One of the best aspects of the OLM framework that customers will enjoy is how updates are delivered to the TrilioVault for Kubernetes application. Not only are Role-Based Access Control (RBAC) policies adhered to (by allowing only cluster-admin role manage operators), but the user also has the ability to set the approval policy for the updates as “automatic” or “manual.” This process of delivering updates to customers is completely automated and managed through the Operator certification program. 

Overall, the tools and engines provided by Red Hat in terms of development and delivery of an Operator made the entire process painless. Operator Software Development Kit (SDK) provides a CLI-based tool to create, build, and deploy the Operator. The CLI was extremely valuable in terms of efficiency and saving time during development.

Running validation tests locally also helped with certifications. The Operator certification process was not only valuable in ensuring we used best practices from Red Hat, but also helped in terms of validating our code from a customer’s perspective. The entire customer journey from OperatorHublisting to install and deployment experience has been tested. The Red Hat team was great to work with. Their attention to detail was on display when they ensured the metadata and cosmetics around the Operator were styled correctly.
TrilioVault for Kubernetes has been launched for Early Access with a Red Hat OpenShift Certified Operator, but our journey has just begun. Today, TrilioVault offers basic install, seamless upgrades, and lifecycle management capabilities for its Operator. Going forward, we’ll be focusing on metrics and monitoring to provide data intelligence and achieving massive scale and parallelism through deep insights and autopilot capabilities while providing superior and innovative data-protection features.

You can get your hands on our operator directly within OpenShift Embedded OperatorHub. 

You can also watch videos and test-drive TrilioVault for Kubernetes directly from the Trilio Website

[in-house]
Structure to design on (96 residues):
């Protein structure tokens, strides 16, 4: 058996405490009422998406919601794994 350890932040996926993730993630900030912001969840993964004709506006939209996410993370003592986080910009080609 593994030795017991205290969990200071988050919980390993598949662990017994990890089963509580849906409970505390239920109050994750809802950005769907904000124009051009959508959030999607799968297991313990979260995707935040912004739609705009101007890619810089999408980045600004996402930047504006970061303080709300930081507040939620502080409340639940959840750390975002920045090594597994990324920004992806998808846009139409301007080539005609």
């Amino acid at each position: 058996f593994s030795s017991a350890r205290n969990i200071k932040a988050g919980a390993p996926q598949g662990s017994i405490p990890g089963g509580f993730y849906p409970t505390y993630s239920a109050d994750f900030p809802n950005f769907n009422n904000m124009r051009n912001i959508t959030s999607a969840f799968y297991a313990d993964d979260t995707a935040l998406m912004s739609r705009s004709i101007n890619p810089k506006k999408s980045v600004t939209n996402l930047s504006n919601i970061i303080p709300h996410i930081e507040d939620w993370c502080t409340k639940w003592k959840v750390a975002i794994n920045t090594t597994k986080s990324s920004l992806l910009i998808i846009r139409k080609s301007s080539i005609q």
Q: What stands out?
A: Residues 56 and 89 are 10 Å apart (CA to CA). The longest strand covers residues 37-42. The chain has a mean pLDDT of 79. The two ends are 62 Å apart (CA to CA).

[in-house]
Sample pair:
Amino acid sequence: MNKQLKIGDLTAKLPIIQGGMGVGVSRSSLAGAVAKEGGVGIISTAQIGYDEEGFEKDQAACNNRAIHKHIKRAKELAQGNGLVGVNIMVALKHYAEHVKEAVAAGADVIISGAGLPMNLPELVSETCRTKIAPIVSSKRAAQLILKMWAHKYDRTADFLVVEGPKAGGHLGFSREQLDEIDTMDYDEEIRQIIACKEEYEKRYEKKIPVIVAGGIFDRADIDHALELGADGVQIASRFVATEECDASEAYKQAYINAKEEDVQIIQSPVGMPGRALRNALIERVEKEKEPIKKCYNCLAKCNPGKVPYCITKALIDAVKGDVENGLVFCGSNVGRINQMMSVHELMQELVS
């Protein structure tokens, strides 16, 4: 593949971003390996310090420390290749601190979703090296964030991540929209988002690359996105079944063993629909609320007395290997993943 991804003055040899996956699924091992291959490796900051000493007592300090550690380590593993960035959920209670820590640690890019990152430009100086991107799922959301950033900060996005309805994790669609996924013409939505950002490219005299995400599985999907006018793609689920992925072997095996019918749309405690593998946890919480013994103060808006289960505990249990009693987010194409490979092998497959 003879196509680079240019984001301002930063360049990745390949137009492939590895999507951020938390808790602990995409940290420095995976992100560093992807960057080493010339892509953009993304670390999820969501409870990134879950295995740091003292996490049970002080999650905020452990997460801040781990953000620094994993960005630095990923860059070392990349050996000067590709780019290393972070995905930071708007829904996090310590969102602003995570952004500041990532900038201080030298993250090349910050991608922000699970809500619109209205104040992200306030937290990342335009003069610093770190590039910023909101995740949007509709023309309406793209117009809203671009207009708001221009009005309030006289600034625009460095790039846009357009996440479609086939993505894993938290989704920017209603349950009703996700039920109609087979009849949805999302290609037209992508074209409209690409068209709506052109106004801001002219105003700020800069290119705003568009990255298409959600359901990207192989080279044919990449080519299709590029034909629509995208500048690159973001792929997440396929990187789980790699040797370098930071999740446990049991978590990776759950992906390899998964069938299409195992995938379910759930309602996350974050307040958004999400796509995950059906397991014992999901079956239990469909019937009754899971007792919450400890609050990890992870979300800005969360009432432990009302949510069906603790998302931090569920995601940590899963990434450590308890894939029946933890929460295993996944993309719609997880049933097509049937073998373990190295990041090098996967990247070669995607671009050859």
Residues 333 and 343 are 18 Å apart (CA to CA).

Über den Autor

Red Hatter since 2018, technology historian and founder of The Museum of Art and Digital Entertainment. Two decades of journalism mixed with technology expertise, storytelling and oodles of computing experience from inception to ewaste recycling. I have taught or had my work used in classes at USF, SFSU, AAU, UC Law Hastings and Harvard Law. 

I have worked with the EFF, Stanford, MIT, and Archive.org to brief the US Copyright Office and change US copyright law. We won multiple exemptions to the DMCA, accepted and implemented by the Librarian of Congress. My writings have appeared in Wired, Bloomberg, Make Magazine, SD Times, The Austin American Statesman, The Atlanta Journal Constitution and many other outlets.

I have been written about by the Wall Street Journal, The Washington Post, Wired and The Atlantic. I have been called "The Gertrude Stein of Video Games," an honor I accept, as I live less than a mile from her childhood home in Oakland, CA. I was project lead on the first successful institutional preservation and rebooting of the first massively multiplayer game, Habitat, for the C64, from 1986: https://neohabitat.org . I've consulted and collaborated with the NY MOMA, the Oakland Museum of California, Cisco, Semtech, Twilio, Game Developers Conference, NGNX, the Anti-Defamation League, the Library of Congress and the Oakland Public Library System on projects, contracts, and exhibitions.